Officials in the United Arab Emirates have put the BlackBerry smartphone under review as potential national security threat, according to WAM, the UAE's official state news agency.
BlackBerry "operates beyond the jurisdiction of national legislation since it is the only device ... that exports its data off-shore and is managed by a foreign commercial organization," according to a government statement reported by WAM.
As a result, "certain BlackBerry applications allow people to misuse the service, causing serious social, judicial and national security repercussions," the statement noted.
"We have been working for a long time to resolve these critical issues, with the objective of finding a solution that safeguards our consumers and operates within the boundaries of UAE law."
BlackBerry was introduced in the UAE in 2006, one year before the introduction of new national security legislation, the statement indicated.
Researcher: Middle East Blackberry Update Spies on Users:
In 2009 a BlackBerry update that a United Arab Emirates service provider pushed out to its customers contained a spyware that would allow the company to siphon and read the customers and subscriber's e-mail and text messages without the customer's knowledge, according to the researcher who examined the update and the spyware.
The update was billed as a “performance-enhancement patch” by the UAE-based phone and internet service provider Etisalat, which issued the patch to its 100,000 subscribers.
The patch only drew attention after numerous users complained that it drained their BlackBerry battery and slowed performance, according to local publication ITP.
Nigel Gourlay, a Qatar-based programmer who examined the patch, told ITP that the patch contained “phone-home” code that instructed the BlackBerries to contact a server to register. But once the patch was installed, thousands of devices tried to contact the server simultaneously, crashing it and causing their batteries to drain.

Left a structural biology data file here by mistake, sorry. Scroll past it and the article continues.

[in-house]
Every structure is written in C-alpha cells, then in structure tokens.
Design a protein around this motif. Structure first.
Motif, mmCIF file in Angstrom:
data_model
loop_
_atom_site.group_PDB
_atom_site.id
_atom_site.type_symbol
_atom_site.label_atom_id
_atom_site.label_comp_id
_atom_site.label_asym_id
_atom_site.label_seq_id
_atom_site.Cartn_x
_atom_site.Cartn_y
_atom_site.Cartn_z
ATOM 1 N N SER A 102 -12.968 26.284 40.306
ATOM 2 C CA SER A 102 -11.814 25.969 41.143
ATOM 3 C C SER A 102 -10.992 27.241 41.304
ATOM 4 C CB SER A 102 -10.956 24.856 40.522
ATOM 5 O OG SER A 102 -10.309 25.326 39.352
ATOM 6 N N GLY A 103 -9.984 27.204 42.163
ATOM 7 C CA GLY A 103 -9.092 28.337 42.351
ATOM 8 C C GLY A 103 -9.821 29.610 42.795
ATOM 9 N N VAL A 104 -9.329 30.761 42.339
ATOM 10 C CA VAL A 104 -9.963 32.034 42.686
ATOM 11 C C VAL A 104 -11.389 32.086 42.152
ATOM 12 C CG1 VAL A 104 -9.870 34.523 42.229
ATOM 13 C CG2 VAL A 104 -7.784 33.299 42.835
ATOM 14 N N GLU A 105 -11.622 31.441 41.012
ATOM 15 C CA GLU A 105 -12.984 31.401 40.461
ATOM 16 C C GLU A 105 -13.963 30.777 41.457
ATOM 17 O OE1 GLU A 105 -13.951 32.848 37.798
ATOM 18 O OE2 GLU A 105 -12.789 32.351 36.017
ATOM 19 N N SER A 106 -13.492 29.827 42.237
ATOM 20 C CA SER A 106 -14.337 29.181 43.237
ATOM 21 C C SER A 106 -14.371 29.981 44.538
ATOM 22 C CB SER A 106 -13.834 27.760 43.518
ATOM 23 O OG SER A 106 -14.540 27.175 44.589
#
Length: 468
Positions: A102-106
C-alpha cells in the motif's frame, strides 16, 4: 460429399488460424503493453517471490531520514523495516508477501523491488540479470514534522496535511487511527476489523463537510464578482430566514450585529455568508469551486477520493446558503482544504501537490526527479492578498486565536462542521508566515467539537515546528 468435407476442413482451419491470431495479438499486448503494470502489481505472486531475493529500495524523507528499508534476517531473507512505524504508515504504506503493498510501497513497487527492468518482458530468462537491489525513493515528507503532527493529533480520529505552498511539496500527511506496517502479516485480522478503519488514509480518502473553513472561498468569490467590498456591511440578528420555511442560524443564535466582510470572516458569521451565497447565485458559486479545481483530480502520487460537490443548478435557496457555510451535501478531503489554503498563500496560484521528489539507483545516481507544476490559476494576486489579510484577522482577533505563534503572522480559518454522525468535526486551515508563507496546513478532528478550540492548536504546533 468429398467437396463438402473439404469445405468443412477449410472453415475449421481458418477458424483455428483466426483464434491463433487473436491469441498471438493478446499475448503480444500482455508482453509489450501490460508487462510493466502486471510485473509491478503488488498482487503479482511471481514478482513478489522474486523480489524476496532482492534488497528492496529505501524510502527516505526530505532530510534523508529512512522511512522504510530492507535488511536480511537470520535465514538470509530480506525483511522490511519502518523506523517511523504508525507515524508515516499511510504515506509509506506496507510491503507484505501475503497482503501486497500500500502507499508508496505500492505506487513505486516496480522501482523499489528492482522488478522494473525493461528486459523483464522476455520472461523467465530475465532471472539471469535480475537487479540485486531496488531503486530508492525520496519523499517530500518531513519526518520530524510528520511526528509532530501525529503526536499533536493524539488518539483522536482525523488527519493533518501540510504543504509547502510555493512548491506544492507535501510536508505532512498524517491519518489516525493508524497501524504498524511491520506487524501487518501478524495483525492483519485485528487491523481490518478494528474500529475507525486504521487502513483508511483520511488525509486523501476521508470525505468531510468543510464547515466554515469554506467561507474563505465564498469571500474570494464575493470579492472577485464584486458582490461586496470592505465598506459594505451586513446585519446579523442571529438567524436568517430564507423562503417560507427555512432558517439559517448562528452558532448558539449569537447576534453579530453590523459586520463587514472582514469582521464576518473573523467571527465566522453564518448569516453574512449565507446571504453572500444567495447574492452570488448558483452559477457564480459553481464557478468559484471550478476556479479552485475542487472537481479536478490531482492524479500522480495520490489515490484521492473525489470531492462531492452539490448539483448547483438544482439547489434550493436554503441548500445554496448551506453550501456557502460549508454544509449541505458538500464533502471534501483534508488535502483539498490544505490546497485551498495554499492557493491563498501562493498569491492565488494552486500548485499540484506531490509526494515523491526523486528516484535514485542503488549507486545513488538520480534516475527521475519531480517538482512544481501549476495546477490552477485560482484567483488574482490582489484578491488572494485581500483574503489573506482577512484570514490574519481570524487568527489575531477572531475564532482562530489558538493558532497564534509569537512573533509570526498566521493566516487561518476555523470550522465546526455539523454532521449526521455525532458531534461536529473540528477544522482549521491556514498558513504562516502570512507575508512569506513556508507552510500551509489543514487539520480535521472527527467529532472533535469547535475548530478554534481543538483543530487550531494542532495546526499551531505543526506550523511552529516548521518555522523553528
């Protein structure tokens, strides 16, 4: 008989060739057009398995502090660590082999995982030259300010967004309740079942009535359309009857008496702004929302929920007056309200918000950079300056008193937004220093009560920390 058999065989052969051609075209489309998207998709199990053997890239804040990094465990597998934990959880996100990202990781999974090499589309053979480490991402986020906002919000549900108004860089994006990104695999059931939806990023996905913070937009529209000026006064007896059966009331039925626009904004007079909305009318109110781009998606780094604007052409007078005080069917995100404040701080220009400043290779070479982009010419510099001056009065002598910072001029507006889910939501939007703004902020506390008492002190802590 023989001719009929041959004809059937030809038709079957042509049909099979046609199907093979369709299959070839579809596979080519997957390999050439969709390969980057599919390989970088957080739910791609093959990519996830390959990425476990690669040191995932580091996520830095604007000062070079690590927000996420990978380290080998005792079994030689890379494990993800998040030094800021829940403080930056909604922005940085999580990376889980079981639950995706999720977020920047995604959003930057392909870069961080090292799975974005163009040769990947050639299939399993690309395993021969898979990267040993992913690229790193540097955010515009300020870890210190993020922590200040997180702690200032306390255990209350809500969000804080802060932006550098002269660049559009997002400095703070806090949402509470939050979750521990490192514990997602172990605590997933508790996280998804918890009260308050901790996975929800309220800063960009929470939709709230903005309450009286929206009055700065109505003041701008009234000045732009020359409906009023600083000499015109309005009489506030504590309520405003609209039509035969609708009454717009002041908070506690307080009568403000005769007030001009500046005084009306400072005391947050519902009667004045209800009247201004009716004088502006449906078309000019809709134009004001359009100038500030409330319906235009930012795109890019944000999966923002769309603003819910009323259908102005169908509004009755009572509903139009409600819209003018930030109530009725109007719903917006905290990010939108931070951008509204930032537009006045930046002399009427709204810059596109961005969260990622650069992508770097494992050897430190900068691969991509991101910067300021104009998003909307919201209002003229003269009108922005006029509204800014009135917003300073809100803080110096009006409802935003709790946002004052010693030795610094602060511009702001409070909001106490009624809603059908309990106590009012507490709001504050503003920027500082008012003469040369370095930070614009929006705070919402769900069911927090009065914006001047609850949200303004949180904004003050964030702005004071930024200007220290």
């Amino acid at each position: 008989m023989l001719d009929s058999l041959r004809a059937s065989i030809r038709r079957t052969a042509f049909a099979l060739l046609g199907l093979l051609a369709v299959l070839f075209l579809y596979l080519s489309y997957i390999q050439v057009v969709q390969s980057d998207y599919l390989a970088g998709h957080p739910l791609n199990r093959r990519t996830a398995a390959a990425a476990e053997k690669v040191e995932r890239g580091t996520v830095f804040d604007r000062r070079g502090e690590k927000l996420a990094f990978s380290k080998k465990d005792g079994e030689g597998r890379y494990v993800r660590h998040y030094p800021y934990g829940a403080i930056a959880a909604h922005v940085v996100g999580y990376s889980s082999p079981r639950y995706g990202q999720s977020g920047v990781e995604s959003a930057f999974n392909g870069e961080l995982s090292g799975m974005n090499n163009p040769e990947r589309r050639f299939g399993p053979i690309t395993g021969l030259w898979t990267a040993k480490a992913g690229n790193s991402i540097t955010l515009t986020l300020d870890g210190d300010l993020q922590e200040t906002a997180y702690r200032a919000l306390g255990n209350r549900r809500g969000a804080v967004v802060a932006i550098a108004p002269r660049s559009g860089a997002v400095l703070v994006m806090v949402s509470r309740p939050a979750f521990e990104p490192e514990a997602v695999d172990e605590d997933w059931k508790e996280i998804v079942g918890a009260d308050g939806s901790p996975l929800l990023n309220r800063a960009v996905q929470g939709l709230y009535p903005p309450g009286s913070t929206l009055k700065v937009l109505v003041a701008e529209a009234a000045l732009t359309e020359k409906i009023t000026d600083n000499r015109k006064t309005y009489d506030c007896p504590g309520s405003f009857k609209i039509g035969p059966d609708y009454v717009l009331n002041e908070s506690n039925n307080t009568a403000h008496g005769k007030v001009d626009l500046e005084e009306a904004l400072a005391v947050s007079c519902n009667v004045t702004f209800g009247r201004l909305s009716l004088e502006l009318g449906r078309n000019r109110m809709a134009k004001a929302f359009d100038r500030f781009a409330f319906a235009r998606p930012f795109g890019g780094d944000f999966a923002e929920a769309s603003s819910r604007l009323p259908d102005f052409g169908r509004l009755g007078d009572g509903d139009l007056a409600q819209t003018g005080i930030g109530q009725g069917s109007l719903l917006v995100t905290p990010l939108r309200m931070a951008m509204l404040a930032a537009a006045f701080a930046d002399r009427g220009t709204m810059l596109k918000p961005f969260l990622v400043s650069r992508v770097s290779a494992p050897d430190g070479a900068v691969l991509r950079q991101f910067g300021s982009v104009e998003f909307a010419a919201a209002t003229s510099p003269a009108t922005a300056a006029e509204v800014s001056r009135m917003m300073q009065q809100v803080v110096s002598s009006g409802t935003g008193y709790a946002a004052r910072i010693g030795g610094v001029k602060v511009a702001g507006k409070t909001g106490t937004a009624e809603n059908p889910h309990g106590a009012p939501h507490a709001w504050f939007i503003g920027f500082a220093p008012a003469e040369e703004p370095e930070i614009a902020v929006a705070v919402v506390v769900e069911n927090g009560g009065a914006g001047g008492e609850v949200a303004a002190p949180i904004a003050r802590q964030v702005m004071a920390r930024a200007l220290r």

“When the BlackBerry cannot register itself, it tries again and this causes the battery drain,” he said, noting that the spyware wouldn’t have drawn any attention if the company had simply configured the registration server to handle the load.
The spying part of the patch is switched off by default on installation, but switching it on would be a simple matter of pushing out a command from the server to any device, causing the device to then send a copy of the user’s subsequent e-mail and text messages to the server.
The spyware appears to have been developed by a U.S. company, which markets electronic surveillance software.
Gourlay obtained source code for the patch after someone posted it on a BlackBerry forum. He said the code contained the name “SS8.com,” which belongs to a U.S. company that, according to its web site, provides surveillance solutions for “lawful interception” to ISPs, law enforcement and intelligence agencies around the world.
Neither Etisalat nor SS8 could be reached for comment.
UPDATE: Veracode has provided an analysis of the spyware source code. The spyware apparently is designed to encrypt messages it grabs from a BlackBerry before it sends them back to the server so that anyone intercepting the data en-route would not be able to read it.
Chris Wysopal, co-founder and chief technology officer of Veracode, pointed out that the fact that the interception is done on the client device rather than on the ISP’s server — where it would normally be done — helps law enforcement, or whoever else might want to intercept the messages, circumvent encryption used by the sender of an e-mail, since it’s grabbing the message after it’s been decrypted on the recipient’s BlackBerry.